Does all this sound like a booming economy? You don't hear these facts from the conflicted China experts appearing in the media.

The Chinese stock market has been one of the worst performers this year. Investors have lost interest. Volume is down. So the goal is to fuel new buying.

China has learned from Wall Street how to prop up the markets to provide the illusion that "all is well." The communist regime came up with this: First, it cut stock trading transaction fees. That alone isn't enough. So they also made a new rule that employees of publicly traded companies can choose to receive up to 30% of their compensation in stock of their employer.

That alone doesn't boost stock prices. So the twist is that the company has to buy those shares in the market. Smart. The Shanghai index rose 1% the following day.

The Wall Street bulls on China, who say that the government will soon try to end the real estate meltdown, should listen to this unnamed governmental official who says: "There will definitely be no loosening of the housing controls."

The latest word, as of last Thursday, is that the central government is considering new curbs for the property market. June saw the first uptick in real estate prices in eight months. The government doesn't want the speculators to return.

The U.S. solar industry, as well as that in Europe, found they couldn't exist without governmental subsidies because of Chinese price competition. Many of these non-Chinese firms are out of business. But now the Chinese competition is going broke.

A headline on a China news service was: "Solar Industry on the Verge of Bankruptcy." The 10 largest solar makers have a total debt of around 110 billion yuan ($17 billion), which it can't repay.

Hong Kong luxury car sales are plunging. The plunge in car sales in mainland China started over one year ago, but the media ignored it. Now Hong Kong is feeling the pain. Luxury car sales, like Lamborghinis, Ferraris, etc. are down 50% in just the past three months. This is a great indicator of an economy that is contracting at an accelerating pace.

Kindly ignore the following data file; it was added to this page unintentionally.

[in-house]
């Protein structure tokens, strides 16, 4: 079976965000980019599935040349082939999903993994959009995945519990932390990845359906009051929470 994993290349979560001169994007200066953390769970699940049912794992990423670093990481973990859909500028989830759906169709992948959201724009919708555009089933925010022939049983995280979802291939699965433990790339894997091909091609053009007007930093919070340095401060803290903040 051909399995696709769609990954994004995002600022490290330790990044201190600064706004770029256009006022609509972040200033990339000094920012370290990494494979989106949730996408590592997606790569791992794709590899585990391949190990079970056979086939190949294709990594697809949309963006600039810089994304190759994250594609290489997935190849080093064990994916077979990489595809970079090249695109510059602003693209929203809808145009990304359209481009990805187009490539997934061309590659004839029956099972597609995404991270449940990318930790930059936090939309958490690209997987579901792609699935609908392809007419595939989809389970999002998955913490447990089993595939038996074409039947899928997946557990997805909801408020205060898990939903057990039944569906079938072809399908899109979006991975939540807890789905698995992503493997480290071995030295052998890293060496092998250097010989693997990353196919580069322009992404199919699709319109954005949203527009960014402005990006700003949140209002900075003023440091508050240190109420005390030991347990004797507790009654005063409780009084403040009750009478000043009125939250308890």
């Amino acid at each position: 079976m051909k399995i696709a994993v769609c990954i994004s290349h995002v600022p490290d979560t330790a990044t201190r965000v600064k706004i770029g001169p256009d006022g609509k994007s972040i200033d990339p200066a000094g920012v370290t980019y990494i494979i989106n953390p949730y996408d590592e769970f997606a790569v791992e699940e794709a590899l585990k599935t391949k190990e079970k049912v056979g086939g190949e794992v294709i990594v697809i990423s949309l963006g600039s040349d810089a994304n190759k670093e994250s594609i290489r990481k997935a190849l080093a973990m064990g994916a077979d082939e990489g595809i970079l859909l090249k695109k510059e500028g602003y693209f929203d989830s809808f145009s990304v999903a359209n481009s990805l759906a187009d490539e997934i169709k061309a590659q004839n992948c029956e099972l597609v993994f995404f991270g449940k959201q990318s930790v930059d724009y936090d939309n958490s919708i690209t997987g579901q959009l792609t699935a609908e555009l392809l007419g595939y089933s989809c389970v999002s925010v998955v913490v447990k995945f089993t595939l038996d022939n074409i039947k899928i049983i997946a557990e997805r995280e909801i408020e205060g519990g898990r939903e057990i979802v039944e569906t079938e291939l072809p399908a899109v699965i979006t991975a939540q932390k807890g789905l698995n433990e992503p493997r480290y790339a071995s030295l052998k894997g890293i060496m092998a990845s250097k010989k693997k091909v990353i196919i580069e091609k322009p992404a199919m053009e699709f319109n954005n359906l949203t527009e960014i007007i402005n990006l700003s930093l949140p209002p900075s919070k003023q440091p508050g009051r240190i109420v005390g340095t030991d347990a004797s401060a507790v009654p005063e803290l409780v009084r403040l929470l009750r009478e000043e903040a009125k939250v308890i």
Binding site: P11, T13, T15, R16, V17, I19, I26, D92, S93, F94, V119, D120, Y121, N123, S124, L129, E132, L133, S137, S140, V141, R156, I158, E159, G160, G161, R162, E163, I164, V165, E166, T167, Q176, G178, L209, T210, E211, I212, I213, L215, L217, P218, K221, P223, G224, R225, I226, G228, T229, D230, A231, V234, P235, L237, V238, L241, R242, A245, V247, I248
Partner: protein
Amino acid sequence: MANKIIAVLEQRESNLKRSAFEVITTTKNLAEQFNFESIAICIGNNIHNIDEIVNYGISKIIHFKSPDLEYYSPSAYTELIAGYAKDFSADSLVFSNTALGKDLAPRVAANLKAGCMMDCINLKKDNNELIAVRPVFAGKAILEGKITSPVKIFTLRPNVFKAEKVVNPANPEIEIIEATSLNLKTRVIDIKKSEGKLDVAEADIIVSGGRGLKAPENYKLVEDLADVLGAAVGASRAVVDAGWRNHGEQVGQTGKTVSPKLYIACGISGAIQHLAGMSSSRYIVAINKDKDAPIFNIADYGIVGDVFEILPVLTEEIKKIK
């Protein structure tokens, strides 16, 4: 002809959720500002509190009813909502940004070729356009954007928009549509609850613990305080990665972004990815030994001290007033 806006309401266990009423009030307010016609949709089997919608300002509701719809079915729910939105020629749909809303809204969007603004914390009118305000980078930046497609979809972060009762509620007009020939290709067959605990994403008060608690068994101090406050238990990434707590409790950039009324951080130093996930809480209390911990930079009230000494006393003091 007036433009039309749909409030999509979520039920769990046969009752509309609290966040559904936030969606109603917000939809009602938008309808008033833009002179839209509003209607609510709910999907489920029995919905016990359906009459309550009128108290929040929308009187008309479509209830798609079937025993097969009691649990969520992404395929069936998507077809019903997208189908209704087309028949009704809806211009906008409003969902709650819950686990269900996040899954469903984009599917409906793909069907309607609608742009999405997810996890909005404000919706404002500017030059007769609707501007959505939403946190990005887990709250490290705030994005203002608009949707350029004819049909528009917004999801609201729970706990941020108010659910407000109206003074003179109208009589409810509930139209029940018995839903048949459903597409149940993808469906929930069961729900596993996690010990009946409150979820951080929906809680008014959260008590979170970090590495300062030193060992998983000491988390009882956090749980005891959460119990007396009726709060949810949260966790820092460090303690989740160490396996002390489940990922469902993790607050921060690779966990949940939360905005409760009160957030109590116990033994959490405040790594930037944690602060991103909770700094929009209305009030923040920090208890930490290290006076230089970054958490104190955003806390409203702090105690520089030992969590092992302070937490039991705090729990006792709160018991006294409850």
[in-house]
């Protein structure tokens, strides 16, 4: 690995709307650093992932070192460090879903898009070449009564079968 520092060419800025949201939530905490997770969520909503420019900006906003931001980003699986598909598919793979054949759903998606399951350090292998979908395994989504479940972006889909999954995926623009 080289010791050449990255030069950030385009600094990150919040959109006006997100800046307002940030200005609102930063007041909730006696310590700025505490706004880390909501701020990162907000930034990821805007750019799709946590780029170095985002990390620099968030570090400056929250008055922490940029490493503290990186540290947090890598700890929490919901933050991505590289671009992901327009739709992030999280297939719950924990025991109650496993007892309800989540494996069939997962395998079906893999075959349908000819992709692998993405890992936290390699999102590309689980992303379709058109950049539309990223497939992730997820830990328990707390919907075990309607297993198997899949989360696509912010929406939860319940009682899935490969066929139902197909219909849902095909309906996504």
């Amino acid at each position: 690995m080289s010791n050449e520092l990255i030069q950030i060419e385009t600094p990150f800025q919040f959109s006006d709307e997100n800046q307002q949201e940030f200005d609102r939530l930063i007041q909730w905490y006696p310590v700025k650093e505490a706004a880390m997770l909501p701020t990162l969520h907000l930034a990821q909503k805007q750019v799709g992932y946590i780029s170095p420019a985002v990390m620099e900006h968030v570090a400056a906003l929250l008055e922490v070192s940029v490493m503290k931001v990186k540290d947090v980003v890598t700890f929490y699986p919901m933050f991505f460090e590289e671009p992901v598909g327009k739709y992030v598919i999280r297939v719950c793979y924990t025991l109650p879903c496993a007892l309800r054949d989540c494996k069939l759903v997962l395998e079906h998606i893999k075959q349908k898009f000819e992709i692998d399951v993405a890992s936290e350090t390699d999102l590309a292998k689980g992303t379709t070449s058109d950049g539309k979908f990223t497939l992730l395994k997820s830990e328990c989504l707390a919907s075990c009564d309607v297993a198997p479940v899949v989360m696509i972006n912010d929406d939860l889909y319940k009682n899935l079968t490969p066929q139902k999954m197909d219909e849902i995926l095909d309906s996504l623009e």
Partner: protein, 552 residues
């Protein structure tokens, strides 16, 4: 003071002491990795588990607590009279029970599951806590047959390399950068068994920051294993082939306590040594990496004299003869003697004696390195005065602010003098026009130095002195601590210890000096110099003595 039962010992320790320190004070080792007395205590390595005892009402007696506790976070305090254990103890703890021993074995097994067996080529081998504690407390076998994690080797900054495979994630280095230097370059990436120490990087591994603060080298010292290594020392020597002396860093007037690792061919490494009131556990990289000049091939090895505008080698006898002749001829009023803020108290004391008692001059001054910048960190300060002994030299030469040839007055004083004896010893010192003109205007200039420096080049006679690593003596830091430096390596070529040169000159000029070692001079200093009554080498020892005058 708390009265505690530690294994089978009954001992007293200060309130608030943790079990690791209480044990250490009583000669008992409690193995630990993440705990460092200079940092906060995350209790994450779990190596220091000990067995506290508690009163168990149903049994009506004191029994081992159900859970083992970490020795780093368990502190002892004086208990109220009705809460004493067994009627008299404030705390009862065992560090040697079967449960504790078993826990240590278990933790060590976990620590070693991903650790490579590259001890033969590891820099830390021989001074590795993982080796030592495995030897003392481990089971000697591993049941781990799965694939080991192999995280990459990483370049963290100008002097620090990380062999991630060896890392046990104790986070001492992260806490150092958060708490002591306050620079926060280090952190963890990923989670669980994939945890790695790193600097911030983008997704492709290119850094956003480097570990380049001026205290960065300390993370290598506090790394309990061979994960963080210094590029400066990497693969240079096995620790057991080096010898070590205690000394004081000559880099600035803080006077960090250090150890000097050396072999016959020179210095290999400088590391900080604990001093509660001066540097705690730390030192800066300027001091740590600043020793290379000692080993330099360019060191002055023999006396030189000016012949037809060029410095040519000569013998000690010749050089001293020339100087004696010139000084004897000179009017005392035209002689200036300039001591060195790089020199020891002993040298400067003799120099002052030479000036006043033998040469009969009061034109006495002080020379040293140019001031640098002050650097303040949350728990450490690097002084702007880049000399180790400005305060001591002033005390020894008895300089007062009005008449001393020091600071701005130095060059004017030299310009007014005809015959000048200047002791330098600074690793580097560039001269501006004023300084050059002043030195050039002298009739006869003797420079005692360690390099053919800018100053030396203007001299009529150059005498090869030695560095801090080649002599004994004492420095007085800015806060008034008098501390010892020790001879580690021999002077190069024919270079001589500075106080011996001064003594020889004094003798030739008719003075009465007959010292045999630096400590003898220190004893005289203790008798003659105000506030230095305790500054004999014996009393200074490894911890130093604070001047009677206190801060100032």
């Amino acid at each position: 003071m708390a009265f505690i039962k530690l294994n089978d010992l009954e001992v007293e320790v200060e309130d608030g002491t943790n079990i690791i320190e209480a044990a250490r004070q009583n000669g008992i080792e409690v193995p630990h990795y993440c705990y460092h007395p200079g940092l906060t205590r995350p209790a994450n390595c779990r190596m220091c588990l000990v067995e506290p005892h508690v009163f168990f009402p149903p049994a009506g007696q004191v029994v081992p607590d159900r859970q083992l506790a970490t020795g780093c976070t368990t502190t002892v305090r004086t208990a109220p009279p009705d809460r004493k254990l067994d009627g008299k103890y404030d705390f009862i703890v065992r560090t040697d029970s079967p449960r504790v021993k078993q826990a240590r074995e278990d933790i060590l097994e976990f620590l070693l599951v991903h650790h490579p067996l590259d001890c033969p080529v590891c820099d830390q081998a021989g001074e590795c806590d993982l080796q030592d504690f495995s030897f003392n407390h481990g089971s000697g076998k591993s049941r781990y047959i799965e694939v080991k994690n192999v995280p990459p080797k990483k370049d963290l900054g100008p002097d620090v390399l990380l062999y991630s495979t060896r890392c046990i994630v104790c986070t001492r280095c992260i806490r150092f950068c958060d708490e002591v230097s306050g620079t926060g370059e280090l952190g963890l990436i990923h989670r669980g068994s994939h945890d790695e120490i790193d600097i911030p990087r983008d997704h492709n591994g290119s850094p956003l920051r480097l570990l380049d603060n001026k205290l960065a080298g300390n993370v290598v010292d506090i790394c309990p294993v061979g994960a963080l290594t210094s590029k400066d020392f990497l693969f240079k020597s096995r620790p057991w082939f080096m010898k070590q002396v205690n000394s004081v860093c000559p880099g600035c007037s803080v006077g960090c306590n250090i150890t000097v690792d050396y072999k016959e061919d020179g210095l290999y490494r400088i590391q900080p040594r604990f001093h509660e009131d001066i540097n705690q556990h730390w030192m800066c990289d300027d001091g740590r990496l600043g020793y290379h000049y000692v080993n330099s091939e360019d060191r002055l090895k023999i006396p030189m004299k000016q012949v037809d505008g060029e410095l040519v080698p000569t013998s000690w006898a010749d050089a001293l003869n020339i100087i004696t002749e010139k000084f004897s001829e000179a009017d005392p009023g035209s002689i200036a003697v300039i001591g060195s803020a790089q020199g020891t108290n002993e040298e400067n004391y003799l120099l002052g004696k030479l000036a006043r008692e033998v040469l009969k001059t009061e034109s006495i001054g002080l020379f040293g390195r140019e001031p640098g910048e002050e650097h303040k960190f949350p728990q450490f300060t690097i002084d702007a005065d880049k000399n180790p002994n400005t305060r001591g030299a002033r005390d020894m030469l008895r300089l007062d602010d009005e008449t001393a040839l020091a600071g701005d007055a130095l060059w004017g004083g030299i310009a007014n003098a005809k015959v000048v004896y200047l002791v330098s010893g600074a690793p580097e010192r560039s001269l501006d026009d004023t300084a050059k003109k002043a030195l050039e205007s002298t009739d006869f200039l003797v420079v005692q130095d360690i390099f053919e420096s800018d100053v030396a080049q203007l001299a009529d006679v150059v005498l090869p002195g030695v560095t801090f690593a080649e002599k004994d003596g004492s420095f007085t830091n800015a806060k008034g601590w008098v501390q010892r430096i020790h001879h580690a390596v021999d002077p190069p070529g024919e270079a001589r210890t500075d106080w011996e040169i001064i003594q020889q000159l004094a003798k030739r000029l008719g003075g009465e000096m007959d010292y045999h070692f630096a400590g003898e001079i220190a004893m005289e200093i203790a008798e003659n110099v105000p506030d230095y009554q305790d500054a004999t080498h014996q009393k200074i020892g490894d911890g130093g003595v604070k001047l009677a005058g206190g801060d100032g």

The real estate bubble in Hong Kong is also bursting. It is all so similar to the U.S. in 2008, before the near-meltdown.

Why should all this matter to U.S. investors who would never buy a Chinese stock? Because a serious China recession will eventually hit the global financial markets like a tsunami. Of course, the government will hide the true economic statistics. In our newletter The China Boom-Bust Analyst, we write about the admitted efforts of the government to have companies report much better numbers in order to make statistics look better.

What does a China recession mean?

China consumes:
  • 53% of the world's cement
  • 48% of the world's iron ore
  • 47% of the world's coal
  • the majority of just about every major commodity
  • nearly 500 million Chinese live on less than $2 a day
  • 55,000 cigarettes every second

For traders, this opens great opportunities on the short side of stocks that are heavily dependent on China demand. Often you can make greater profits when stocks decline rather than waiting for the next bull market.

This article is commentary by an independent contributor, separate from TheStreet's regular news coverage.